Do you love to swim? If so, you’ll want to keep your tattoo as safe as possible while you’re in the pool. You might not need to get a tattoo that is specifically for swimming, but if you have a swimmer in your life, it’s always a good idea to make sure the ink is safe. Once you understand how to waterproof a tattoo for swimming, it will become one of the most memorable parts of your day. If this is your first time getting a tattoo, we suggest starting with something small so you don’t get overwhelmed! The best way to know if getting a tattoo is the right decision is to ask yourself these questions: Do I feel comfortable getting my picture taken in public? Am I isolating myself from friends and family? Do I understand what kind of implications this decision will have on my life? Keep reading to discover everything you need to know about waterproofing a tattoo!
How To Waterproof A Tattoo For Swimming?
Choose a waterproof ink first
Black and white tattoos come with an inherent reputation for being difficult to waterproof. This is because they use special inks that are more water-repellent than the normal type of ink used in other skin tones. This is why it’s a good idea to choose black and white ink first. It will provide you with a better option if you decide you want to get a black and white one later on. There are a few different ways to go about this. The first is to choose an alcohol-free black and white ink. This means that the quality of the ink will be significantly higher than normal black and white inks and, besides, it won’t bleed through your clothes or skin when wet. If you’re on a budget or are worried about accidentally choosing the wrong color in the future, then a pre-painted black and white line drawing could work as a safe pre-painted cover-up. When it comes to choosing a tattoo artist, be it in New York or London, never go with the first one that you meet. Meet with a few different artists to get a better understanding of how they work as a team.
Make sure your tattoo is watertight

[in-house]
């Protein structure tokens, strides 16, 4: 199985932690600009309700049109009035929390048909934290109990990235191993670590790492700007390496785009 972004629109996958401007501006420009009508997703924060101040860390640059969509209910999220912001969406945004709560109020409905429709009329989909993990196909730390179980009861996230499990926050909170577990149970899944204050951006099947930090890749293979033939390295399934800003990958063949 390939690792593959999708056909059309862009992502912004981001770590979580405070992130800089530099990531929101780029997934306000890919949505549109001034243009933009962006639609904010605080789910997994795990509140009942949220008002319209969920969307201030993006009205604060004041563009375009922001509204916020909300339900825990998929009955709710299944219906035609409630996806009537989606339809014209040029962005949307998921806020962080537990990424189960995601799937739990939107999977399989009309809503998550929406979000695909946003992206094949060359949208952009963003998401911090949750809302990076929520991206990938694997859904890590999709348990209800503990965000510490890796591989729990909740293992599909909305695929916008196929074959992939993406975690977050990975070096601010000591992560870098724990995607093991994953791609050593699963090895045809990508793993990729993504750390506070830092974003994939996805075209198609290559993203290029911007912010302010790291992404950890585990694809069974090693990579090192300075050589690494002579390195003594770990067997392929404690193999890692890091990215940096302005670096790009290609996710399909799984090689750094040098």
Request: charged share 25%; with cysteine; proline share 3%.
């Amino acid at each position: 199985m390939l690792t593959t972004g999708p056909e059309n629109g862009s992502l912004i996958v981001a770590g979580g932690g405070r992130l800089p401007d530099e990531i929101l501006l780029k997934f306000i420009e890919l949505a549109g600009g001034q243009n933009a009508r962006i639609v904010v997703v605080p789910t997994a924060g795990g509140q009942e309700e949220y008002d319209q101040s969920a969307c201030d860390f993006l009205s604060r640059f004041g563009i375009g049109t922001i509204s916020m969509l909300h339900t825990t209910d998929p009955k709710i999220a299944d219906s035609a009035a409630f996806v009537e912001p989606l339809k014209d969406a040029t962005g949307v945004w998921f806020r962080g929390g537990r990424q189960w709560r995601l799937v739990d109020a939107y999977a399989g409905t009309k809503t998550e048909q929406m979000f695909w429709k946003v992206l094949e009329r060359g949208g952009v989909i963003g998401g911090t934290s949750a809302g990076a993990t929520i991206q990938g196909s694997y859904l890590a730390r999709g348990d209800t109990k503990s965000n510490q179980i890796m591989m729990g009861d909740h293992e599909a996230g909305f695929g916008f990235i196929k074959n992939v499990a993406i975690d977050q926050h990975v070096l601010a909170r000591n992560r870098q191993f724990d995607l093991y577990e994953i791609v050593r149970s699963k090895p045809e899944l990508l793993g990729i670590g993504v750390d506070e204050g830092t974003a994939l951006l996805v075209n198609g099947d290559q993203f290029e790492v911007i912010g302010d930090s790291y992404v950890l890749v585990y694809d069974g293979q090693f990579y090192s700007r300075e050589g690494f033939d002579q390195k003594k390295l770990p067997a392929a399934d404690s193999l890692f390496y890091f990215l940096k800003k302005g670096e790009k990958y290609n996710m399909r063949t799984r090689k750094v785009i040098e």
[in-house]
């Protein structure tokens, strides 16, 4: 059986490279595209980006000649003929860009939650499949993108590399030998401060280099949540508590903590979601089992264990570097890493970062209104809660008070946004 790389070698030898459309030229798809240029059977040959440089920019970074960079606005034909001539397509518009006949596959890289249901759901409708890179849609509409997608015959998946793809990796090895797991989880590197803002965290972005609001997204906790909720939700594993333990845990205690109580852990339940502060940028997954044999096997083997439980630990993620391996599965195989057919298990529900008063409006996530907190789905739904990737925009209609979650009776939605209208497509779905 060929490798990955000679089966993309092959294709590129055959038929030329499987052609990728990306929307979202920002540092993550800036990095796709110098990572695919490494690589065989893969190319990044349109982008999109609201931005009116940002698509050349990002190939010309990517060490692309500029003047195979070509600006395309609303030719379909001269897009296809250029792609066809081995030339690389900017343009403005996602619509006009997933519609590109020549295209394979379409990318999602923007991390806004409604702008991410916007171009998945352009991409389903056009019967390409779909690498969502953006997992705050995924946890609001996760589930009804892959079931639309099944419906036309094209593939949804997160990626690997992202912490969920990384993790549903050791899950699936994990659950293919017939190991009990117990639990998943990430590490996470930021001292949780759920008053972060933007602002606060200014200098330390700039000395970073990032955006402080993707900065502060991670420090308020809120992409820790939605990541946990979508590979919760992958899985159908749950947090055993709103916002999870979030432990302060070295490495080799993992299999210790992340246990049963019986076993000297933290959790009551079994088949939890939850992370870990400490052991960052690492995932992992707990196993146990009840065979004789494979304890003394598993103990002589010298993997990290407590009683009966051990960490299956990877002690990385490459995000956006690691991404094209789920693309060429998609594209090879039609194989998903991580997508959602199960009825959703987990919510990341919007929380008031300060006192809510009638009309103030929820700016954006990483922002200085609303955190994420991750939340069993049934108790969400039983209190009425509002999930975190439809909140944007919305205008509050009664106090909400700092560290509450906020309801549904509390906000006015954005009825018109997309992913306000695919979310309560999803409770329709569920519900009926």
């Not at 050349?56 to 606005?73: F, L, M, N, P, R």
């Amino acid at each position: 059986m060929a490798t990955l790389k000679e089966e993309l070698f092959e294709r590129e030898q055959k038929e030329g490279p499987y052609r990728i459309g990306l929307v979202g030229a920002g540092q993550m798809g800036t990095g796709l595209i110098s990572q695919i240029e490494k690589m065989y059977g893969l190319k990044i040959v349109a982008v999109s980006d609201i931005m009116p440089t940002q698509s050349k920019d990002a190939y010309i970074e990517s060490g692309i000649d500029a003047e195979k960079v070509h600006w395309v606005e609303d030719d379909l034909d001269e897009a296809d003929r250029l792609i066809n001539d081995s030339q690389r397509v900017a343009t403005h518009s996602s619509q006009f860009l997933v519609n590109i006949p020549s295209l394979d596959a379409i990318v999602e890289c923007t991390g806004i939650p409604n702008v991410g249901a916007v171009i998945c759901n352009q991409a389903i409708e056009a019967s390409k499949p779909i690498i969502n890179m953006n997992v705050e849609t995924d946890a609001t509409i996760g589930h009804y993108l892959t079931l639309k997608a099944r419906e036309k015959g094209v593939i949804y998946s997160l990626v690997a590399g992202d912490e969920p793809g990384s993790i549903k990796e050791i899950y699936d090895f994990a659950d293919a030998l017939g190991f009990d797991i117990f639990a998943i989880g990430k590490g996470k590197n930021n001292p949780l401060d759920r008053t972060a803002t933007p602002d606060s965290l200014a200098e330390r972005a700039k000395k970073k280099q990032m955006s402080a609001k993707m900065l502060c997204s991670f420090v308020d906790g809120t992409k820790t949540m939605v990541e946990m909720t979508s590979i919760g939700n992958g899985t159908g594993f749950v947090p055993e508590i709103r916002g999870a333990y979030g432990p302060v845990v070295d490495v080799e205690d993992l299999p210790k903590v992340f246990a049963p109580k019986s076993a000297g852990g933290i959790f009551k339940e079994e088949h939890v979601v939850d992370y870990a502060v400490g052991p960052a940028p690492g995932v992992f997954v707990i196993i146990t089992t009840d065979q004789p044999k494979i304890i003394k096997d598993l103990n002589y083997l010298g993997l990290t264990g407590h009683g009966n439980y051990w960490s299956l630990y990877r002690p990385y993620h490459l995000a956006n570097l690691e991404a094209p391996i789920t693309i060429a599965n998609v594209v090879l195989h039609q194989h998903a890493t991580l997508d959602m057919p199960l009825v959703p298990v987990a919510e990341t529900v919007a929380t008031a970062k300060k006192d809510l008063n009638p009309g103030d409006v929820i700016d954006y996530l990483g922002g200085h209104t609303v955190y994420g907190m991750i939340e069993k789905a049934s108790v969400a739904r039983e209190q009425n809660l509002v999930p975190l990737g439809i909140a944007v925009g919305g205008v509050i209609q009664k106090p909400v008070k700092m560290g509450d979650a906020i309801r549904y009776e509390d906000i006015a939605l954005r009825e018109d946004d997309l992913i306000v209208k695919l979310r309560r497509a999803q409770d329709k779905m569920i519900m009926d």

The first and most important step to waterproofing a tattoo is making sure it is watertight. If you’re not sure whether or not you have water damage in your home, a watery tattoo could show up on your bath or kitchen scale. The scale will tell you how much water is inside your home and your tattoo will look like it’s been swimming in water. In this case, it’s best to call a tattoo artist and have the problem assessed. A skilled aesthetician could probably design a beautiful solution to cover up your tattoo.
Don’t forget to use a sunscreen before swimming
For a water-resistant tattoo, make sure to wear sunscreen before going in the water. The best kind to wear is one that protects against both UVA and UVB rays. It is recommended that you wear a hat and bring your own sunscreen with you when you’re getting your tattoo. For more tips on how to protect your skin from the sun’s harmful rays, read this post.
Get some art supplies ready
When it comes to designing a tattoo, the basics are essential. You will need a few basic items to start with, such as sharp scissors, a fine-point Sharpie, colored pencils, and a marker (or crayons) for coloring the design. If you want to go for a more elaborate look, you will need to invest in some art supplies. These could cost you between $40 – $100, but they’re worth it. Good art supplies will help you create a much more intricately designed tattoo. If you want to get a professional look, you can try and find a local tattoo artist who does work for a living. Make sure to find one who does work during regular office hours too, as it will help you get a better idea of the pricing and how long the tattoos take to complete.
When it comes to getting a tattoo, you will most likely be going in the water at some point in your life. It is, after all, where the majority of your ink will be located. If you’re planning on getting a tattoo in the ocean or a pool, you will need to wear special swimwear. This includes sunscreen, a hat, and preferably a one-piece suit. It’s also important to pick a suit that is both comfortable to wear and provides the right amount of protection from the sun’s harmful rays. If you don’t wear swimwear while going in the water, you could end up getting sun damage from the sun’s rays. This damage could be visible on your skin or, if it is highly pigmented, in your tattoo.